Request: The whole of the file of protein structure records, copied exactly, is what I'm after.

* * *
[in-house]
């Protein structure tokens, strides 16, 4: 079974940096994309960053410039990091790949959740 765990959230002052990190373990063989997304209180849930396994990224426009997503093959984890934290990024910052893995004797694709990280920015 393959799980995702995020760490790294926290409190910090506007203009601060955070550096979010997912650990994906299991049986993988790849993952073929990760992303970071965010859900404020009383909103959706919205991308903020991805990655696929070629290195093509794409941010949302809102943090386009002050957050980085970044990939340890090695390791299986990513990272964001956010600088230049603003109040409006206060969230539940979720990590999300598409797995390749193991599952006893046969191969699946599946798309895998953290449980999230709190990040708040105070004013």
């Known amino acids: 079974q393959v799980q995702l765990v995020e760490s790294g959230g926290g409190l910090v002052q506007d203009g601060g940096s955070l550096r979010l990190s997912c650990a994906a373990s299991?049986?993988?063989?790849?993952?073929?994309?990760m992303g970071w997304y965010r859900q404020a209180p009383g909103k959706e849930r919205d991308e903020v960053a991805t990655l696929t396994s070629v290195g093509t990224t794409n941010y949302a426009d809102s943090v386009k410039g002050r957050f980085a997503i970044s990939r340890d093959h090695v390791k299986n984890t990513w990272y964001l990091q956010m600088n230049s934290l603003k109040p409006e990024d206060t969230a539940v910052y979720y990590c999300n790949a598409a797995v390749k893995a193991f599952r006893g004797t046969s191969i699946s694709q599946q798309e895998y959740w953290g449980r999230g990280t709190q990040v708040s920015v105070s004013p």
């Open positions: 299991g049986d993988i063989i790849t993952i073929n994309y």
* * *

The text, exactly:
[in-house]
């Protein structure tokens, strides 16, 4: 079974940096994309960053410039990091790949959740 765990959230002052990190373990063989997304209180849930396994990224426009997503093959984890934290990024910052893995004797694709990280920015 393959799980995702995020760490790294926290409190910090506007203009601060955070550096979010997912650990994906299991049986993988790849993952073929990760992303970071965010859900404020009383909103959706919205991308903020991805990655696929070629290195093509794409941010949302809102943090386009002050957050980085970044990939340890090695390791299986990513990272964001956010600088230049603003109040409006206060969230539940979720990590999300598409797995390749193991599952006893046969191969699946599946798309895998953290449980999230709190990040708040105070004013």
């Known amino acids: 079974q393959v799980q995702l765990v995020e760490s790294g959230g926290g409190l910090v002052q506007d203009g601060g940096s955070l550096r979010l990190s997912c650990a994906a373990s299991?049986?993988?063989?790849?993952?073929?994309?990760m992303g970071w997304y965010r859900q404020a209180p009383g909103k959706e849930r919205d991308e903020v960053a991805t990655l696929t396994s070629v290195g093509t990224t794409n941010y949302a426009d809102s943090v386009k410039g002050r957050f980085a997503i970044s990939r340890d093959h090695v390791k299986n984890t990513w990272y964001l990091q956010m600088n230049s934290l603003k109040p409006e990024d206060t969230a539940v910052y979720y990590c999300n790949a598409a797995v390749k893995a193991f599952r006893g004797t046969s191969i699946s694709q599946q798309e895998y959740w953290g449980r999230g990280t709190q990040v708040s920015v105070s004013p």
């Open positions: 299991g049986d993988i063989i790849t993952i073929n994309y």